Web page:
One of the most intriguing stories that I’ve seen over the last few days is the possibility that NASCAR will remove the infamous wings from Sprint Cup cars as soon as this year. Possibly, the spoilers could be back, but it is unknown whether this will only be for certain races or if the sanctioning body will remove the wings altogether in the future.
Personally, I find this news to be encouraging, and I believe that most of the drivers and teams would much rather deal with spoilers than wings on the rear of their race cars. In the preseason promotion at Daytona International Speedway televised by SPEED TV yesterday, several drivers, when asked, seemed to be whole heartedly in favor of the return to spoilers. Some of the drivers questioned included Ryan Newman, Matt Kenseth, and Dale Earnhardt Jr.
Many, if not most of the Cup teams have had a difficult time getting a handle on setting up the handling for the winged cars since their introduction at the beginning of the 2008 season. Personally, I’ve felt that the wings have been a hindrance to NASCAR’s never ending quest for safety, not only for the drivers, but also the fans.
We all remember the scary rides that Carl Edwards and Ryan Newman took at Talladega last year. In Newman’s case, his car did not hit the catch fence, but had his car flipped upside down closer to the wall, it would have been easy for his car to have landed high up on the fence. In Carl Edward’s case, his car did disintegrate when it hit the fence, and though the fence kept most of the car out of the crowd, at least one fan was badly injured by pieces of flying sheet metal.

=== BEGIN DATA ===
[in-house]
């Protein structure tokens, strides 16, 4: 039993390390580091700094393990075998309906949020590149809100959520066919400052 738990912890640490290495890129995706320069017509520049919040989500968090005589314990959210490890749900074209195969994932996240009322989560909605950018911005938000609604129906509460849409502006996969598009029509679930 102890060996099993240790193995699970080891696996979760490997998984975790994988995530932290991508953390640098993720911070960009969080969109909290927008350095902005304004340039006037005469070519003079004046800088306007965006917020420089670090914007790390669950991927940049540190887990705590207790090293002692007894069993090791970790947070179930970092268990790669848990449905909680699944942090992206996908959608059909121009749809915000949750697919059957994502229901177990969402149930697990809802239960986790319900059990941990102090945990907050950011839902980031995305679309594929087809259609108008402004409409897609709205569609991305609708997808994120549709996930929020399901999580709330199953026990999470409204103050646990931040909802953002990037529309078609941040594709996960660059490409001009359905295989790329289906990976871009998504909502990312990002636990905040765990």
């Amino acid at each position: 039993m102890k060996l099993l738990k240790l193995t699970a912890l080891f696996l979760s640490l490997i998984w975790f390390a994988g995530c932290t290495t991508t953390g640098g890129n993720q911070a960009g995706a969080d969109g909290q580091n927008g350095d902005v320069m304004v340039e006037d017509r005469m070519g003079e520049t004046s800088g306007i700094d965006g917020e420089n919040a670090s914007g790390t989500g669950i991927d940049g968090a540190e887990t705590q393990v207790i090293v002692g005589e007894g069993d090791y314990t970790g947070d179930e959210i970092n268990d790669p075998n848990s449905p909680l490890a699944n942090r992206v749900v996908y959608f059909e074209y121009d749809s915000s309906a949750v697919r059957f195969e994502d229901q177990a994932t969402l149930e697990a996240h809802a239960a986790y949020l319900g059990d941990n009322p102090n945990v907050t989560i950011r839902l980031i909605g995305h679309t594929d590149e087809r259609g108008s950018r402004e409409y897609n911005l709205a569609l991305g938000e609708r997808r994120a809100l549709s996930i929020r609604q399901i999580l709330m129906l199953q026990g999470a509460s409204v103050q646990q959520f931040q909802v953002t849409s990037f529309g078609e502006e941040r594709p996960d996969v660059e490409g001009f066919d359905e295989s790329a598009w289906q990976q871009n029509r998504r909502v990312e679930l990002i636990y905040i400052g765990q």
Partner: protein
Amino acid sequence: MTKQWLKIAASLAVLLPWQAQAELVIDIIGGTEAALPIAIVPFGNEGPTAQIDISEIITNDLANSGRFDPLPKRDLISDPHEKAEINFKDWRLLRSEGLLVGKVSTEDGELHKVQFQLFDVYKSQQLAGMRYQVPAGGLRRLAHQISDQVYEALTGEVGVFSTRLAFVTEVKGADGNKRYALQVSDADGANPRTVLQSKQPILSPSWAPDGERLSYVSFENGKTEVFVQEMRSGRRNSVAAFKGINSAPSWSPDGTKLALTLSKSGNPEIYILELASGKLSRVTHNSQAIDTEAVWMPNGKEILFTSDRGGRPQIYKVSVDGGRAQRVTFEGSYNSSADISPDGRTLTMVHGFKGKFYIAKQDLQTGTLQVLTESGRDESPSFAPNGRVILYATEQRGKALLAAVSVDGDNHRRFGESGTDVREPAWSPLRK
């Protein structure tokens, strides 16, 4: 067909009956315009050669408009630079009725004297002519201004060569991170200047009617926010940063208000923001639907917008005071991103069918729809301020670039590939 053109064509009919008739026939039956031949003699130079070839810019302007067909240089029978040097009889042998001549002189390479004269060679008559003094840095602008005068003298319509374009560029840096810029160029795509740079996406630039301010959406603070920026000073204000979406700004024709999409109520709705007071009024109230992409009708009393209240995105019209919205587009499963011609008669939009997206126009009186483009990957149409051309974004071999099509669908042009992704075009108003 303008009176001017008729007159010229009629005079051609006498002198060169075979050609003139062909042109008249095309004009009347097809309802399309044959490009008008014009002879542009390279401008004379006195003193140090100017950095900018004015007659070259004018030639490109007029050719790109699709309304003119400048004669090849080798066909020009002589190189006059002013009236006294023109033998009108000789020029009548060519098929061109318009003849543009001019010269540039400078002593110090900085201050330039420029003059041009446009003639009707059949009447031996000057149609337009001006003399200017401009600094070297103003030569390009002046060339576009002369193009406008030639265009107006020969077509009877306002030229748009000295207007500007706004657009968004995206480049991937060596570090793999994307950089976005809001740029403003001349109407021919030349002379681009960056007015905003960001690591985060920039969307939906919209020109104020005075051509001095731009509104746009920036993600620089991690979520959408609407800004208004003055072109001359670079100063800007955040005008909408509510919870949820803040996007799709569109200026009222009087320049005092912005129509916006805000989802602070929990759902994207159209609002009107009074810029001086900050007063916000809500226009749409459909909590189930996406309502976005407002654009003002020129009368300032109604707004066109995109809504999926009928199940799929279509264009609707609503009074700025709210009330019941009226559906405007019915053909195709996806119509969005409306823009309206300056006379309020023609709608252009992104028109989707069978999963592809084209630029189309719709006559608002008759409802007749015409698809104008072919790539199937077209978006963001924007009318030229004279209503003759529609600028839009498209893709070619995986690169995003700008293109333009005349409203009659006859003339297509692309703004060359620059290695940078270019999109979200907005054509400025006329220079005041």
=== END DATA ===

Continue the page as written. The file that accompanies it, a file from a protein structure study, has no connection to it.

Cars landing in the fence are nothing new at Talladega or Daytona. One has to wonder, however, if the wing, which provides such tremendous down force on a car moving in a forward direction, does not also provide a tremendous amount of lift when the car is going backwards? Keeping the cars out of the grandstands has to be NASCAR’s primary concern at any track, and it seems to me that the wing is clearly counterproductive to that goal.
The word being circulated by those in the know about NASCAR’s consideration of bringing back the spoilers has been centered mostly on the competitive advantages rather than possible safety gains. Which ever way you look at it, bringing back the spoiler will be in NASCAR’s best interests to provide a better product for its fans in 2010 and beyond.
Besides, I’ve always thought those wings look rather silly, and as petty as that opinion sounds, it’s also part of what has to be the ultimate goal for NASCAR, which is of course producing happy fans who feel they’ve gotten their moneys worth. To me, the COT, as it was known, was ungainly compared to the pre COT car, which I consider a thing of beauty, if not a true work of art. I own several die cast models of pre COT cars, but I’ve not really been motivated to spend money on any COT replicas, mostly because they just don’t have the eye appeal that many of their ancestors had. Putting a spoiler back on the new car will make it look better, at least in my opinion. Spending money on merchandise is a tradition for NASCAR loyalists, and has helped the sport explode in popularity over the last fifteen or twenty years.